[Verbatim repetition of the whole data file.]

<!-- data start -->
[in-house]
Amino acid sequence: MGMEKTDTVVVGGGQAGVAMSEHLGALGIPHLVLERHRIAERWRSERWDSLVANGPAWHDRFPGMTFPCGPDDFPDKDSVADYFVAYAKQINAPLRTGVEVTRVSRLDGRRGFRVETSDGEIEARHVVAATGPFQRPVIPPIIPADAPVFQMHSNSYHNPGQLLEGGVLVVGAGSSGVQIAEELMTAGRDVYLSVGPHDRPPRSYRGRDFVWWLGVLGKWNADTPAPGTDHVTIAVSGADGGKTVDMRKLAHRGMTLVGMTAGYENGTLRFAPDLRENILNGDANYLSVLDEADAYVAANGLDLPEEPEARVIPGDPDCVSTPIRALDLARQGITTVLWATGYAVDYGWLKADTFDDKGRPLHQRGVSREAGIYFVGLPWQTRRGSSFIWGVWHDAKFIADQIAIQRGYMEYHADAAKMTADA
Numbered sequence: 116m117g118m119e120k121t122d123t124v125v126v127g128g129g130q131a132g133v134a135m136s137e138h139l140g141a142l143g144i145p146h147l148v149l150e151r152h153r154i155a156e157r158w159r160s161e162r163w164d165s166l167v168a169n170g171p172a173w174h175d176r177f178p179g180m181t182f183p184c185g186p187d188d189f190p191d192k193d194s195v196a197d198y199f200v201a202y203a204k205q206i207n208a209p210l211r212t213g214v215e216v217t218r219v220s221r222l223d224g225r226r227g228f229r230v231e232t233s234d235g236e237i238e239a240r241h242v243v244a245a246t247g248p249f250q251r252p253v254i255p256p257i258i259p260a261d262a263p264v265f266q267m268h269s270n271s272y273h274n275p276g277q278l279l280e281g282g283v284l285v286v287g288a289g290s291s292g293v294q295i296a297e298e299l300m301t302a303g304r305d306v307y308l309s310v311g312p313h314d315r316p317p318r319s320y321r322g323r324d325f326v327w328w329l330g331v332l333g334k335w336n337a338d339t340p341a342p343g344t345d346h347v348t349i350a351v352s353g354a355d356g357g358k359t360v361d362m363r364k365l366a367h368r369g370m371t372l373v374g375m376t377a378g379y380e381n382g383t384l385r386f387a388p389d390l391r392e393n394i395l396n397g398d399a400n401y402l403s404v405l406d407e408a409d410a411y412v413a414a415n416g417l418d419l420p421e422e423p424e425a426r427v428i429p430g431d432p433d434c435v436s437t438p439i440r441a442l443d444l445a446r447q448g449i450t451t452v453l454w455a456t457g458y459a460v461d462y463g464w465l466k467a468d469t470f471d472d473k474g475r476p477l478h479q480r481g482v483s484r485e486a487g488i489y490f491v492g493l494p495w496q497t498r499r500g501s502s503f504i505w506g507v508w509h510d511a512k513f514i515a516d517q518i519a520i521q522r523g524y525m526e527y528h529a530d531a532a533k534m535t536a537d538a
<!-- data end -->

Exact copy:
[in-house]
Amino acid sequence: MGMEKTDTVVVGGGQAGVAMSEHLGALGIPHLVLERHRIAERWRSERWDSLVANGPAWHDRFPGMTFPCGPDDFPDKDSVADYFVAYAKQINAPLRTGVEVTRVSRLDGRRGFRVETSDGEIEARHVVAATGPFQRPVIPPIIPADAPVFQMHSNSYHNPGQLLEGGVLVVGAGSSGVQIAEELMTAGRDVYLSVGPHDRPPRSYRGRDFVWWLGVLGKWNADTPAPGTDHVTIAVSGADGGKTVDMRKLAHRGMTLVGMTAGYENGTLRFAPDLRENILNGDANYLSVLDEADAYVAANGLDLPEEPEARVIPGDPDCVSTPIRALDLARQGITTVLWATGYAVDYGWLKADTFDDKGRPLHQRGVSREAGIYFVGLPWQTRRGSSFIWGVWHDAKFIADQIAIQRGYMEYHADAAKMTADA
Numbered sequence: 116m117g118m119e120k121t122d123t124v125v126v127g128g129g130q131a132g133v134a135m136s137e138h139l140g141a142l143g144i145p146h147l148v149l150e151r152h153r154i155a156e157r158w159r160s161e162r163w164d165s166l167v168a169n170g171p172a173w174h175d176r177f178p179g180m181t182f183p184c185g186p187d188d189f190p191d192k193d194s195v196a197d198y199f200v201a202y203a204k205q206i207n208a209p210l211r212t213g214v215e216v217t218r219v220s221r222l223d224g225r226r227g228f229r230v231e232t233s234d235g236e237i238e239a240r241h242v243v244a245a246t247g248p249f250q251r252p253v254i255p256p257i258i259p260a261d262a263p264v265f266q267m268h269s270n271s272y273h274n275p276g277q278l279l280e281g282g283v284l285v286v287g288a289g290s291s292g293v294q295i296a297e298e299l300m301t302a303g304r305d306v307y308l309s310v311g312p313h314d315r316p317p318r319s320y321r322g323r324d325f326v327w328w329l330g331v332l333g334k335w336n337a338d339t340p341a342p343g344t345d346h347v348t349i350a351v352s353g354a355d356g357g358k359t360v361d362m363r364k365l366a367h368r369g370m371t372l373v374g375m376t377a378g379y380e381n382g383t384l385r386f387a388p389d390l391r392e393n394i395l396n397g398d399a400n401y402l403s404v405l406d407e408a409d410a411y412v413a414a415n416g417l418d419l420p421e422e423p424e425a426r427v428i429p430g431d432p433d434c435v436s437t438p439i440r441a442l443d444l445a446r447q448g449i450t451t452v453l454w455a456t457g458y459a460v461d462y463g464w465l466k467a468d469t470f471d472d473k474g475r476p477l478h479q480r481g482v483s484r485e486a487g488i489y490f491v492g493l494p495w496q497t498r499r500g501s502s503f504i505w506g507v508w509h510d511a512k513f514i515a516d517q518i519a520i521q522r523g524y525m526e527y528h529a530d531a532a533k534m535t536a537d538a